- File Size: 497 KB
- Print Length: 256 pages
- Publisher: Puffin Books (November 9, 2009)
- Publication Date: March 9, 2010
- Sold by: Penguin Group (USA) LLC
- Language: English
- ASIN: B002W83DMK
- Text-to-Speech: Enabled
- Word Wise: Enabled
- Lending: Not Enabled
- Amazon Best Sellers Rank: #320,371 Paid in Kindle Store (See Top 100 Paid in Kindle Store)
Penguin Group (USA) LLC
Price set by seller.
The Batboy Kindle Edition
|New from||Used from|
|Length: 256 pages||Word Wise: Enabled||Enhanced Typesetting: Enabled|
|Page Flip: Enabled||
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|Age Level: 10 and up|
|Grade Level: 5 - 6|
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From School Library Journal
(c) Copyright 2010. Library Journals LLC, a wholly owned subsidiary of Media Source, Inc. No redistribution permitted. --This text refers to an out of print or unavailable edition of this title.
“A pennant winner.” –Kirkus Reviews
“Lupica. . .giv[es] his readers a behind-the-scenes look at major league sports. In this novel, he adds genuine insights into family dynamics and the emotional state of his hero.” –Booklist
“[T]his novel will undoubtedly appeal to those who equate summer with baseball, it should also win over readers who appreciate finely crafted storytelling and engaging characters.” –School Library Journal --This text refers to the paperback edition.
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Both Brian and Hank can't seem to get to first base communicating at work. Both have serious mid-summer slumps to contend with. Hank, in fact is nearing dismissal from the team.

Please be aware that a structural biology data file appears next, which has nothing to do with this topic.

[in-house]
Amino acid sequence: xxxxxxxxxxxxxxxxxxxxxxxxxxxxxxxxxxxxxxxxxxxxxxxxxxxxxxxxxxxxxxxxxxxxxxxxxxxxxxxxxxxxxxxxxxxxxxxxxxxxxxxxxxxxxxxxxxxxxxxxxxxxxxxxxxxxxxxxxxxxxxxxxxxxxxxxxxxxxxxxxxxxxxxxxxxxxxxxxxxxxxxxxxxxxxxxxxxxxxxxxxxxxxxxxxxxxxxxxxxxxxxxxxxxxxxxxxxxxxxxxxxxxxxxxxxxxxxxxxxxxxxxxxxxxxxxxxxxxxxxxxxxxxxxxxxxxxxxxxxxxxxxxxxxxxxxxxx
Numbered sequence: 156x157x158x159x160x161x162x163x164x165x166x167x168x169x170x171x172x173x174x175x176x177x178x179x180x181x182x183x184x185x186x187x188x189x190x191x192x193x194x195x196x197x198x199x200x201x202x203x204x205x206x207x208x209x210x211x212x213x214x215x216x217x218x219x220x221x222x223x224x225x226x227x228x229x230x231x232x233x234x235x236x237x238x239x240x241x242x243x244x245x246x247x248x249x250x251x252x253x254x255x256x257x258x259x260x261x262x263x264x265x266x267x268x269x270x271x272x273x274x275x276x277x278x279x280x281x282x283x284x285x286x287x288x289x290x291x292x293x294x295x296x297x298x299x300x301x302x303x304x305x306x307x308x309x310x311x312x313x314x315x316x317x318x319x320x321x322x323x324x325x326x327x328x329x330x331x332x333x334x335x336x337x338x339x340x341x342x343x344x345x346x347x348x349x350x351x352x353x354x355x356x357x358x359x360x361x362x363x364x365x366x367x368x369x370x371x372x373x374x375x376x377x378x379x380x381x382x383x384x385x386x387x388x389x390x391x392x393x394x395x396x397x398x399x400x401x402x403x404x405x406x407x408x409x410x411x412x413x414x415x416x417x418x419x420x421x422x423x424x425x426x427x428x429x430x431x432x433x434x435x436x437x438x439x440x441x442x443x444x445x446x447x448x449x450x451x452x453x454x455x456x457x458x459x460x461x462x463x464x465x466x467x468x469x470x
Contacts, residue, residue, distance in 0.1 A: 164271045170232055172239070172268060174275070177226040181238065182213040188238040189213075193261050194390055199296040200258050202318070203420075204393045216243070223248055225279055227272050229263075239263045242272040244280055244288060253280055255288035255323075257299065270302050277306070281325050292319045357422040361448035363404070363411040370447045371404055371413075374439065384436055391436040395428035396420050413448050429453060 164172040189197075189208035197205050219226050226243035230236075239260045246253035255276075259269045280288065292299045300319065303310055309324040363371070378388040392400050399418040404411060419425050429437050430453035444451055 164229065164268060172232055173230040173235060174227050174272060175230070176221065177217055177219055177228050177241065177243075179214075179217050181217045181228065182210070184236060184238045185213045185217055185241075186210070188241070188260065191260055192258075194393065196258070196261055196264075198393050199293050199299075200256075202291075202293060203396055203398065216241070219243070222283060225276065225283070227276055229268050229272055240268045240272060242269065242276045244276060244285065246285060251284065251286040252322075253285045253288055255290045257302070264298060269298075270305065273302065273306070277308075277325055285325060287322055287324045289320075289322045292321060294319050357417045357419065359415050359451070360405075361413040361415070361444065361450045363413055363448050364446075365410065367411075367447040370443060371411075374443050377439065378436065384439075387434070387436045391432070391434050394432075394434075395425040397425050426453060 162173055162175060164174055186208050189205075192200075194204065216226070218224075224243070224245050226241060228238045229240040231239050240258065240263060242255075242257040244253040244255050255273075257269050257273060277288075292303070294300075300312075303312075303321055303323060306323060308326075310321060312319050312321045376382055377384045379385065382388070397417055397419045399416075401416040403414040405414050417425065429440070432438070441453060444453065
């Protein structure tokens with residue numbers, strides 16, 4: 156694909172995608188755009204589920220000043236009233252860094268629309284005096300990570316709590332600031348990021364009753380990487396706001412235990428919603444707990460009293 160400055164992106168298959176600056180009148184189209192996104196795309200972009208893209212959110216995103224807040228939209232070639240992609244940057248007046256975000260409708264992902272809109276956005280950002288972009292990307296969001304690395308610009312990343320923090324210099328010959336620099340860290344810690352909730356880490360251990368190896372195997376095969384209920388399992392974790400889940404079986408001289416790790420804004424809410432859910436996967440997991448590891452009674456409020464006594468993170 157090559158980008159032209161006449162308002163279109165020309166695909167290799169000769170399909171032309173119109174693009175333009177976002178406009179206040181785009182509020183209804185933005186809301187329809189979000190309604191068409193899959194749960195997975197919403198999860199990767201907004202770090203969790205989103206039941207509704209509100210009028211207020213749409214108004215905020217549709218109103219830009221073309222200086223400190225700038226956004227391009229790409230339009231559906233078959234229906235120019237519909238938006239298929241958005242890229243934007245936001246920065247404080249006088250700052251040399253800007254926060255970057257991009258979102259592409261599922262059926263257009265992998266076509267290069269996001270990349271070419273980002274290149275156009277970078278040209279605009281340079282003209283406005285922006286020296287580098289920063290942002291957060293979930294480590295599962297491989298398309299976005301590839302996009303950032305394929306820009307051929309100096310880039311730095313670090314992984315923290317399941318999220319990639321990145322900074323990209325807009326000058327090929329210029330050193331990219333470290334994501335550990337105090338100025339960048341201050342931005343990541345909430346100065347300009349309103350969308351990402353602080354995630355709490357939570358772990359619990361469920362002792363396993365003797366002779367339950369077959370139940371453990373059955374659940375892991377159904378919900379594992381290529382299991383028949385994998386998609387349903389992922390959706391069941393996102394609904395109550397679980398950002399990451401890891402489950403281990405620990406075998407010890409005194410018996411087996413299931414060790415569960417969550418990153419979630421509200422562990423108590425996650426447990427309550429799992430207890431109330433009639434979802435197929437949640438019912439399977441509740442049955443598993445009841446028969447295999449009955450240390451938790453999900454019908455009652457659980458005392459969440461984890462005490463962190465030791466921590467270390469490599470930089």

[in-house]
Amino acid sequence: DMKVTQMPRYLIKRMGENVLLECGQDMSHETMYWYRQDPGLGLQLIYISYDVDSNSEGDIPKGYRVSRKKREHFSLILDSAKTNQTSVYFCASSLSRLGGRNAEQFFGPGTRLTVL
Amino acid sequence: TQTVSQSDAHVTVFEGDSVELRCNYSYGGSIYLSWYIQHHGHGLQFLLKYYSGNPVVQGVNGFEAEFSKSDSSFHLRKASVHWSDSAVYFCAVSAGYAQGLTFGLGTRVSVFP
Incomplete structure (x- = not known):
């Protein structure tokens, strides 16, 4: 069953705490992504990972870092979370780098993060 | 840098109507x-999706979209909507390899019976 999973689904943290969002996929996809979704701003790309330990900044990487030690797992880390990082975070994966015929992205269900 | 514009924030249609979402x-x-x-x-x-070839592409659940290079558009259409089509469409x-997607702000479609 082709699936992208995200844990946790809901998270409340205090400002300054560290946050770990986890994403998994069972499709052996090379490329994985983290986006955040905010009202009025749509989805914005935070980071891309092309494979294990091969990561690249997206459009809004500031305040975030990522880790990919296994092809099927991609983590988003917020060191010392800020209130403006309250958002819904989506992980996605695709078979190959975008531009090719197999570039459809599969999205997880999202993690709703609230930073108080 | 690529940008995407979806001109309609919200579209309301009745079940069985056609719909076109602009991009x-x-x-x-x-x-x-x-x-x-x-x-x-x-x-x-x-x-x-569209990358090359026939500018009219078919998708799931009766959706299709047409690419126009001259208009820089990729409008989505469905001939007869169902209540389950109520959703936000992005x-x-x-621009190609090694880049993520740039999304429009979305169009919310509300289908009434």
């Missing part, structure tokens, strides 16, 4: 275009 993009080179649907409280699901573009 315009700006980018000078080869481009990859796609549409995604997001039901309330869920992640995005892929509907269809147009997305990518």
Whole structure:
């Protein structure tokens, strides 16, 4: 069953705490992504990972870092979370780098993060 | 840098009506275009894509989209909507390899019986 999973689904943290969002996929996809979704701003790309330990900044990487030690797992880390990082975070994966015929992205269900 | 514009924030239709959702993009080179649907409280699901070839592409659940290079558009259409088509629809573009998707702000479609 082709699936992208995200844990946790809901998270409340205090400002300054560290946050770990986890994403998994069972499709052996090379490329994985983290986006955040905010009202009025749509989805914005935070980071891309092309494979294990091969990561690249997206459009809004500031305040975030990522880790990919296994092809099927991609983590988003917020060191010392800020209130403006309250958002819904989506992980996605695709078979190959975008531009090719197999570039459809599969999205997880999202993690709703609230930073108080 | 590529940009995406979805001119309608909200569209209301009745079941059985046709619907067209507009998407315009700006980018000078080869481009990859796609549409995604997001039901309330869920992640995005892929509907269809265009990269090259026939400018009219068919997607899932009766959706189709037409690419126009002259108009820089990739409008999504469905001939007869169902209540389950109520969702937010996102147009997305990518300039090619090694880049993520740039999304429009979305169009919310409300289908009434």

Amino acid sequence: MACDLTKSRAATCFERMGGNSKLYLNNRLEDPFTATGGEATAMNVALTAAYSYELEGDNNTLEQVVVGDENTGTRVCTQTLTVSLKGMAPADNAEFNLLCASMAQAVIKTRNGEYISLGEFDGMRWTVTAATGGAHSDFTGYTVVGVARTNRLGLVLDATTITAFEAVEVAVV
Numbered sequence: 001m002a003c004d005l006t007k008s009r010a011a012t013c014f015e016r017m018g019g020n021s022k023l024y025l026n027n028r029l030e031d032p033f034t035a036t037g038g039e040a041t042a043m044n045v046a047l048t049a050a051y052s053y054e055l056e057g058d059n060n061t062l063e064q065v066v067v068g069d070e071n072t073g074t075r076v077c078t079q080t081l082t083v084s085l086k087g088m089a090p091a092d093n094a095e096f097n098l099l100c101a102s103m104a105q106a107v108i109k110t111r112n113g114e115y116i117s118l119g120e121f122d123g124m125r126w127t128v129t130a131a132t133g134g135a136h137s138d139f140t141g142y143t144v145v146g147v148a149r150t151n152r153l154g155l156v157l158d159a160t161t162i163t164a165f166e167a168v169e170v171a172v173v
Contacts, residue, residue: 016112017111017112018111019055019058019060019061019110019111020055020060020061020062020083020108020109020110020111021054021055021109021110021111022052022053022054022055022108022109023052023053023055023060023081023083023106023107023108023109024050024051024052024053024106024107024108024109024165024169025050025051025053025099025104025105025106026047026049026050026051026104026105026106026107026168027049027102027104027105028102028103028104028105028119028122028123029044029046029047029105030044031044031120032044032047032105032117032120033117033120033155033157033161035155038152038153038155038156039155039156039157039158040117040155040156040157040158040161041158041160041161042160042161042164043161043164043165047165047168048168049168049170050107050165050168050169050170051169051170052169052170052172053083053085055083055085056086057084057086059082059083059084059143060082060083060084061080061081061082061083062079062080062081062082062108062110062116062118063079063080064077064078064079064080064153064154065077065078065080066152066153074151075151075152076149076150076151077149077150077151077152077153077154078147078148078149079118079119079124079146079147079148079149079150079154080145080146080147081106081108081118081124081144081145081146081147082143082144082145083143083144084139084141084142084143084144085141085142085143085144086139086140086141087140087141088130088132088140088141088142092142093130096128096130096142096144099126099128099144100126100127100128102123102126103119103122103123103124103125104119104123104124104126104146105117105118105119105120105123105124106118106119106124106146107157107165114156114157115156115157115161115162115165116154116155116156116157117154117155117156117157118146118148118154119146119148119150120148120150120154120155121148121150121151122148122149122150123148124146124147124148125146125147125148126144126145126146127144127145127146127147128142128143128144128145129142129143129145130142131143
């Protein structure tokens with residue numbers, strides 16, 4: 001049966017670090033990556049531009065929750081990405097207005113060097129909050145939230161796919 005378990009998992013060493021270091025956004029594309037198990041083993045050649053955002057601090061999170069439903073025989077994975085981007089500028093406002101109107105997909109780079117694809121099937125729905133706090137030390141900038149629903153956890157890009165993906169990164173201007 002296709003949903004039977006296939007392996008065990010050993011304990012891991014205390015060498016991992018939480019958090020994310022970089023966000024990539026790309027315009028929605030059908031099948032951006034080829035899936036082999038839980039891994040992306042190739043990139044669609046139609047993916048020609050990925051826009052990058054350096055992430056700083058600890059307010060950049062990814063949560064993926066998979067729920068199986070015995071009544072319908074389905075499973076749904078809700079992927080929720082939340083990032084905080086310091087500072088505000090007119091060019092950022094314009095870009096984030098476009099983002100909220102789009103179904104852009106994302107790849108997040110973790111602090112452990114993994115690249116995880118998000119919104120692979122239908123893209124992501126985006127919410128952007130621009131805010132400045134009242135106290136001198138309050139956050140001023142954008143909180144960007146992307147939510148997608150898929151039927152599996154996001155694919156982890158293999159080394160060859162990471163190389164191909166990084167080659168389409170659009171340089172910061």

Figuring his batting slump is due to not being able to practice for his league play, Brian and his fellow batboy Finn stay after a game, and hit ball after ball in the batting cage to find out what his swing needs. Out of the dark, Hank Bishop shows up, unasked for, but with freely given advice and suggestions that by the end of practice look to be connecting Brian's swing with the ball. Out in the parking lot, Hank meets Brian's Mom and gets invited to dinner. Brian notices for the first time in a long time, his Mom is interested in baseball or is it in Hank?
In a nice move to fix Hank's slump, Lupica makes great use of all the DVDs and sports footage ever stared at by any baseball fan or player anywhere. Brian, in the midst of viewing Hank's old games spots a critical change in Hank's batting stance. Hank brushes off Brian's efforts to communicate, until Brian finally blurts out what he saw. Hank, man enough to recognize a fan can spot something useful, views the footage after dinner and stays to look at more games and more games and more games with his biggest fan.
The rush toward the end of the season is given in fine detail and includes a visit from Brian's Dad. When his Dad focuses on baseball business matters and ignores being with his son, Brian comes to understand the difference between his Dad and Hank - one truly is focused only on the game. Hank, Brian's new friend and his Mom's new date, relates to both the game and the people who play it and knows why both are important. The final games are a nice "I am moving on and it is OK now" ending for Brian, Hank and his mother.
Game descriptions: Very Good - a real sense of being there - particularly showing how many variables actually contribute to a good or bad game.
Grade level appeal: 3rd grade on up, but especially for those in middle school sports
Read Aloud/Read and Share: Excellent for parents to share both sports and personal talk in the course of reading about the game.
Reading Skills: Great for extra reading practice.